Even the savviest marketers can find content planning overwhelming. There are various content types to choose from and even more ways to share. And how do you know what’s best for your audience? What about performance? How should you determine those goals? Downloads? Shares? Comments?
🤯 🤯 🤯
Yes, there’s a lot to mull over. But instead of focusing on where to begin, consider starting with what you should avoid.
“You know what we need? A white paper.”
Don’t go into the content planning process with the type identified. Understand your audience, their challenges, and how your solution solves for them.
From there, determine the best content type. Maybe something as simple as an infographic or a concise blog better meets your audience’s needs.
Also, I promise you—nobody wants to read a white paper, or any piece of content that unnecessarily lengthy, especially if it’s technical or nuanced. Length doesn’t equal importance. Relevance does.
“Let’s determine how many pieces we need to hit our content plan goals?”
Your content goals shouldn’t be measured by abundance. You know the old saying, quality over quantity, right? It’s stood the test of time because it’s true.
This leads me to the most common mistake I see…
“Now that we knocked that out, let’s create something new.”
Remember that just because you’ve shared the content once, doesn’t mean your audience saw it. The rule of seven in marketing states that brands need to engage with a customer at least seven times for their message to resonate. This increases the likelihood of earning the customer’s trust and ultimately their business.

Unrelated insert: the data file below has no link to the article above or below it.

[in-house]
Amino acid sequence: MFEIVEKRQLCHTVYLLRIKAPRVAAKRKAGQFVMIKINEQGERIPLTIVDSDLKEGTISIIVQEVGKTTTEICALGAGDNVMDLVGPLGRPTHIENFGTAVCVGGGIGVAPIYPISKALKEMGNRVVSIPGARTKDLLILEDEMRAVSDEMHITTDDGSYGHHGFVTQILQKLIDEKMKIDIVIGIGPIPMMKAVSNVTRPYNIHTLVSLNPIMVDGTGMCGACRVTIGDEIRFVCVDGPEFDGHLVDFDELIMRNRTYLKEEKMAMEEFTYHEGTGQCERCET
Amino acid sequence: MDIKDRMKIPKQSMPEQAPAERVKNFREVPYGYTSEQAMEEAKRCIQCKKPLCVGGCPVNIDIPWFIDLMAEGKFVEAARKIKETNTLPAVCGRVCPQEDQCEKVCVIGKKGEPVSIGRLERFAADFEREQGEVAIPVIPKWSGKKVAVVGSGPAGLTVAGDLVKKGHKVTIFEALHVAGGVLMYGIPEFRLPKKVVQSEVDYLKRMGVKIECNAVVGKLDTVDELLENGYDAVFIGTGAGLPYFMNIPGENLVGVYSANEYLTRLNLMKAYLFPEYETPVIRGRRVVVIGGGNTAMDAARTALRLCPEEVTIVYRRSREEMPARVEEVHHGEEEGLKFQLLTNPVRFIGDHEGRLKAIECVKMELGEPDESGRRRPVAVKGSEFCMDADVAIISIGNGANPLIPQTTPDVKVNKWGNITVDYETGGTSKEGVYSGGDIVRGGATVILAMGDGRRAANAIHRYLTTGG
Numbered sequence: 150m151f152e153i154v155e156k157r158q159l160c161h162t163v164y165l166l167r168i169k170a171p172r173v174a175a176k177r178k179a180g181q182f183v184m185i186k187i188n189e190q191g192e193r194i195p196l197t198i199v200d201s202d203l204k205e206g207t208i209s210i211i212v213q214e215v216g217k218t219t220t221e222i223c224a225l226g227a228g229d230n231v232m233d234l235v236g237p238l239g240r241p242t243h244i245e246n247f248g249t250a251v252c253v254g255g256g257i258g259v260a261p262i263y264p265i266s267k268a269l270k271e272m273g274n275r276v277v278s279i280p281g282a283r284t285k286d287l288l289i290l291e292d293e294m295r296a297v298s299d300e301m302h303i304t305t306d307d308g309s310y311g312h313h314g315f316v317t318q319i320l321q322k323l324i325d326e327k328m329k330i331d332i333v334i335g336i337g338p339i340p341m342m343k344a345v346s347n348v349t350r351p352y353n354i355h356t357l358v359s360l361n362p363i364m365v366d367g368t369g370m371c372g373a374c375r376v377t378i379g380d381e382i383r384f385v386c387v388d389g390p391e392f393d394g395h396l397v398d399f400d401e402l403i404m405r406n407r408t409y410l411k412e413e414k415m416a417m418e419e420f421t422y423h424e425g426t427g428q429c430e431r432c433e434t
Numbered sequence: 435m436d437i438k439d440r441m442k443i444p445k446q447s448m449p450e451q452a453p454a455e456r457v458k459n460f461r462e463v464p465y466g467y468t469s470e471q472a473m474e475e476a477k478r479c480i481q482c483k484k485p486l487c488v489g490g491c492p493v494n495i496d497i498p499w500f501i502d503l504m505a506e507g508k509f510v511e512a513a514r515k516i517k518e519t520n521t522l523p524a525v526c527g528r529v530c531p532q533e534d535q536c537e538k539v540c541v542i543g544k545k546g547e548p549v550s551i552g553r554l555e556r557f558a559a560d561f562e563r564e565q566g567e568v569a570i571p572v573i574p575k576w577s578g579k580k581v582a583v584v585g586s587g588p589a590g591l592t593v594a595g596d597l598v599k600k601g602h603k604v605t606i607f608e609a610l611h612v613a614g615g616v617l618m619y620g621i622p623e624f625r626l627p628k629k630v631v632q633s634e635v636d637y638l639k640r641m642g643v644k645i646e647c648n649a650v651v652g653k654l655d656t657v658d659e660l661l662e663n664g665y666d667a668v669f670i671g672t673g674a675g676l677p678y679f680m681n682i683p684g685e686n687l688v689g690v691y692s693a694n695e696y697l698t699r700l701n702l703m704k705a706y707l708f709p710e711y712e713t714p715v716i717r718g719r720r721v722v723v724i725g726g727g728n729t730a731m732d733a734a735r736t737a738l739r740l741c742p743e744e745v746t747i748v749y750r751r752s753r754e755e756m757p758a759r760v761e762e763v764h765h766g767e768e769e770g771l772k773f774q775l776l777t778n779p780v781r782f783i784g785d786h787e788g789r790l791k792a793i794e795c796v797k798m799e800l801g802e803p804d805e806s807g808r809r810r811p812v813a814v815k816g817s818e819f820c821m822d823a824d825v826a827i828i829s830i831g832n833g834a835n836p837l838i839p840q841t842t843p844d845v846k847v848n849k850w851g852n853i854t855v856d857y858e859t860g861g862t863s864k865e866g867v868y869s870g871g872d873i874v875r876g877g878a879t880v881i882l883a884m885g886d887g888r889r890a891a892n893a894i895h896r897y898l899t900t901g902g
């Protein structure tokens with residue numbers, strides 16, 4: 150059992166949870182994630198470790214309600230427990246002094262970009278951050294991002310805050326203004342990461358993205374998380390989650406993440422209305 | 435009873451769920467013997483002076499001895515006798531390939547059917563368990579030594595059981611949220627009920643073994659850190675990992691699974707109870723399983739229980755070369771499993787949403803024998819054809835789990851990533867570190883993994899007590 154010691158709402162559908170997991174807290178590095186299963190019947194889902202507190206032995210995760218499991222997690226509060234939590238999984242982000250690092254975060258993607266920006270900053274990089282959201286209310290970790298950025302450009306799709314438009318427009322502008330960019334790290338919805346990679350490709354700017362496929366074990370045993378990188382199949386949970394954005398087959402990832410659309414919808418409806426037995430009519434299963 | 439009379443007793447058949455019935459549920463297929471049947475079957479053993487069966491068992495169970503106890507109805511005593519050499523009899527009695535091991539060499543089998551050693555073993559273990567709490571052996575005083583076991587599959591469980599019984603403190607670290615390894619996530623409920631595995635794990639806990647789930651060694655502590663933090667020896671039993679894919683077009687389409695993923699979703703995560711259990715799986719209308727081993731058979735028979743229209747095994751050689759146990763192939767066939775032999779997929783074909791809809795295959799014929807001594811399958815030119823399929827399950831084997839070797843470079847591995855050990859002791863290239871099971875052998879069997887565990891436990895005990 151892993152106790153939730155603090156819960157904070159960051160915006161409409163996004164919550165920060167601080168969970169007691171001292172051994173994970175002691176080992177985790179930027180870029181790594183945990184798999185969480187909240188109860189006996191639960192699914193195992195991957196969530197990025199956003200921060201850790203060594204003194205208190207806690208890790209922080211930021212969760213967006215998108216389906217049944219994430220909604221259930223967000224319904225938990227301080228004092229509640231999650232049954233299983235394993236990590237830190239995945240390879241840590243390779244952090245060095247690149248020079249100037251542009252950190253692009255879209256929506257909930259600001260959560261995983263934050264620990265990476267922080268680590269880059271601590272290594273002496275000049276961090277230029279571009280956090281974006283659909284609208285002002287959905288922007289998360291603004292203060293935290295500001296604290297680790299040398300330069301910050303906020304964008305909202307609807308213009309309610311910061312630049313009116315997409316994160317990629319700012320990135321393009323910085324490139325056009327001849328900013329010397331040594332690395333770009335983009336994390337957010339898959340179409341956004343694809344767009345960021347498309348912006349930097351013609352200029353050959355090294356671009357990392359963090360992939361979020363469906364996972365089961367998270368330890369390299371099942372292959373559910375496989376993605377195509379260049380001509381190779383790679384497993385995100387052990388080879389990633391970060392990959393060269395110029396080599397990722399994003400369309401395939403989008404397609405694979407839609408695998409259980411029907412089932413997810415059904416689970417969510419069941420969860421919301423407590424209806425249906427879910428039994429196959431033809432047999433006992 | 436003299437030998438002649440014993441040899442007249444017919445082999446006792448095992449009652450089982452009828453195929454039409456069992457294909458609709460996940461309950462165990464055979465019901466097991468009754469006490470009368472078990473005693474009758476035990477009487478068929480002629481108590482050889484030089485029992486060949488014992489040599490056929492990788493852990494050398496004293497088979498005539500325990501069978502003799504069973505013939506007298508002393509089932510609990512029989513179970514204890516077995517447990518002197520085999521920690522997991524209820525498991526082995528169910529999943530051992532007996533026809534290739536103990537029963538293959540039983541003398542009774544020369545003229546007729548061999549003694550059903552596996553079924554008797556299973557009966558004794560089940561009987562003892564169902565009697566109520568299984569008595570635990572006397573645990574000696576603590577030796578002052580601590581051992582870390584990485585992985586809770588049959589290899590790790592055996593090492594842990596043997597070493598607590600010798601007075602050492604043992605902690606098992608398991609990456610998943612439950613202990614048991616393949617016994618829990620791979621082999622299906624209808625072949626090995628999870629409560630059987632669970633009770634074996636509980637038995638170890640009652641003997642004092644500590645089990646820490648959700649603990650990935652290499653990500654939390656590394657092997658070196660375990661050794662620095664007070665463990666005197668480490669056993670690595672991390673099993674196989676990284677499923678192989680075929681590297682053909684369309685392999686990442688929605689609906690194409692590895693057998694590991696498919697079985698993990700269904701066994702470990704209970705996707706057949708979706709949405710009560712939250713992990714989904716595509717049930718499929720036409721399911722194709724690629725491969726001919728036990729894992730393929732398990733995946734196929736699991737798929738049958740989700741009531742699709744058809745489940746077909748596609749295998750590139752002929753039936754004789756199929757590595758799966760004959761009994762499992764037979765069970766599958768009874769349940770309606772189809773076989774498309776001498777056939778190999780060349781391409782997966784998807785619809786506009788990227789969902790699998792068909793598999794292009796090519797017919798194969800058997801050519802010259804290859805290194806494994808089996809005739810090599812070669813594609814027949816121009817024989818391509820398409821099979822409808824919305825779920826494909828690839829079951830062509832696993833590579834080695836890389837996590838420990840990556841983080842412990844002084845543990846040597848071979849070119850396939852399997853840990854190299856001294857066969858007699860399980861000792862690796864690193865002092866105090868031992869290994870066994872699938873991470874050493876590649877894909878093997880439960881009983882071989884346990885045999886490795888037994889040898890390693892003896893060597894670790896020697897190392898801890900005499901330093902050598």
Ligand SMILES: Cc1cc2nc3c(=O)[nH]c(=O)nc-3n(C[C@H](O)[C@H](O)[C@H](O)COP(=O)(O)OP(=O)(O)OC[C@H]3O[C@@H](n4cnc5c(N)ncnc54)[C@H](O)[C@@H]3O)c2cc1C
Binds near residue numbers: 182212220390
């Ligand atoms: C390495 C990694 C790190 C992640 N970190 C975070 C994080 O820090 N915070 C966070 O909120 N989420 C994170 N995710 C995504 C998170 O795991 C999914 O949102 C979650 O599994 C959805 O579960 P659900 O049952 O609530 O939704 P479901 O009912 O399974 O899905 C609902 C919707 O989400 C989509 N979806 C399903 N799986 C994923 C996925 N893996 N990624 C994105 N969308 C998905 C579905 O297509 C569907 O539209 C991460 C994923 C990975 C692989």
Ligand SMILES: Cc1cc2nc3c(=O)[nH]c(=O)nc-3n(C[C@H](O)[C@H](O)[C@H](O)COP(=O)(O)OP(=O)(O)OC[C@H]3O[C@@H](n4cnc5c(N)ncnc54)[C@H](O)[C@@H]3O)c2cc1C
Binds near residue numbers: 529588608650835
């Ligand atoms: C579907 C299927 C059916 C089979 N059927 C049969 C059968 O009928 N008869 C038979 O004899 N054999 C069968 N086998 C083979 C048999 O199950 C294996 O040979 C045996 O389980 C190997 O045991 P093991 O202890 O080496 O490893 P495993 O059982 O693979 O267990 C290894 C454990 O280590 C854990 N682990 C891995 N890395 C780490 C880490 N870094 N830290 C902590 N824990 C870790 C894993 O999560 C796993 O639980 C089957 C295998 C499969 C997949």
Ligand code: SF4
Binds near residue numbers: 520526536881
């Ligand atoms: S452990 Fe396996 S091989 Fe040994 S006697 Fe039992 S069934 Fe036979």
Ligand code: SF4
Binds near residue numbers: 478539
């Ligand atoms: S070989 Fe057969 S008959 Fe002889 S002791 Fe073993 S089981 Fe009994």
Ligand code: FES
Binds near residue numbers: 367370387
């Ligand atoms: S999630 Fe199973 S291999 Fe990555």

There’s no need to reinvent the wheel when repurposing existing content. But it’s important to make adjustments that optimize it for different channels or audience segments. Update the copy with a fresh position or consider adjusting the format (more on that below). This isn’t an excuse to be lazy.
Also, if you’re only planning on a piece of content to live in only one place, you’re missing an opportunity. There’s value in creating subsets of content that can support an overarching piece or stand on their own. Top content marketers agree that the balance between creating and repurposing content has shifted. It used to be 80% creating and 20% repurposing. Now, it’s the other way around.
For example, case studies may feature visual elements like infographics, which can stand on their own in a social post or as part of a paid ad. And sharing blogs to your social channels and segmented email database boosts their exposure without putting all the responsibility on SEO. You can also cross mediums by capturing video footage of a podcast and uploading it to YouTube or Vimeo.
You work hard creating content. So, why not make it work harder for you? Not only will repurposing it create efficiencies but aligning new versions with the proper channels will help it perform better, too.